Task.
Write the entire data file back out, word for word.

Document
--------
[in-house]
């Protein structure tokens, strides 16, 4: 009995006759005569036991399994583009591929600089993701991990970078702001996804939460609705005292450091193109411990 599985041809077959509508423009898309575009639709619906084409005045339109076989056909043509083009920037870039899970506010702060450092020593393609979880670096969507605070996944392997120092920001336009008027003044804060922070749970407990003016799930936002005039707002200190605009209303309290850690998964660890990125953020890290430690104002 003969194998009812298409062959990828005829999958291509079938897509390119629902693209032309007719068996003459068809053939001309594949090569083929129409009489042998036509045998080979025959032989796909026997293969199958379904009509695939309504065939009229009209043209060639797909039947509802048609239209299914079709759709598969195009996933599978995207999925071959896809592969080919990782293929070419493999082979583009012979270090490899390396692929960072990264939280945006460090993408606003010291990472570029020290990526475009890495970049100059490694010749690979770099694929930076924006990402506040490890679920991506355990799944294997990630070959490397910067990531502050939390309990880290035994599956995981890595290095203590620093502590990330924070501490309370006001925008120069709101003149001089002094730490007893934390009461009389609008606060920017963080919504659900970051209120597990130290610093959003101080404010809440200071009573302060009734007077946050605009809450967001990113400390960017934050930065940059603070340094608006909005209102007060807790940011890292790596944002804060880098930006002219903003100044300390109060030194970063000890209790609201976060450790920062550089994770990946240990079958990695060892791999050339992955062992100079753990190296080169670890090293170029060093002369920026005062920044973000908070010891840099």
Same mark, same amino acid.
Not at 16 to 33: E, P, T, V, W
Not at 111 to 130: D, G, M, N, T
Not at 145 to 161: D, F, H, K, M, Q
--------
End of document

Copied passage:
[in-house]
């Protein structure tokens, strides 16, 4: 009995006759005569036991399994583009591929600089993701991990970078702001996804939460609705005292450091193109411990 599985041809077959509508423009898309575009639709619906084409005045339109076989056909043509083009920037870039899970506010702060450092020593393609979880670096969507605070996944392997120092920001336009008027003044804060922070749970407990003016799930936002005039707002200190605009209303309290850690998964660890990125953020890290430690104002 003969194998009812298409062959990828005829999958291509079938897509390119629902693209032309007719068996003459068809053939001309594949090569083929129409009489042998036509045998080979025959032989796909026997293969199958379904009509695939309504065939009229009209043209060639797909039947509802048609239209299914079709759709598969195009996933599978995207999925071959896809592969080919990782293929070419493999082979583009012979270090490899390396692929960072990264939280945006460090993408606003010291990472570029020290990526475009890495970049100059490694010749690979770099694929930076924006990402506040490890679920991506355990799944294997990630070959490397910067990531502050939390309990880290035994599956995981890595290095203590620093502590990330924070501490309370006001925008120069709101003149001089002094730490007893934390009461009389609008606060920017963080919504659900970051209120597990130290610093959003101080404010809440200071009573302060009734007077946050605009809450967001990113400390960017934050930065940059603070340094608006909005209102007060807790940011890292790596944002804060880098930006002219903003100044300390109060030194970063000890209790609201976060450790920062550089994770990946240990079958990695060892791999050339992955062992100079753990190296080169670890090293170029060093002369920026005062920044973000908070010891840099």
Same mark, same amino acid.
Not at 16 to 33: E, P, T, V, W
Not at 111 to 130: D, G, M, N, T
Not at 145 to 161: D, F, H, K, M, Q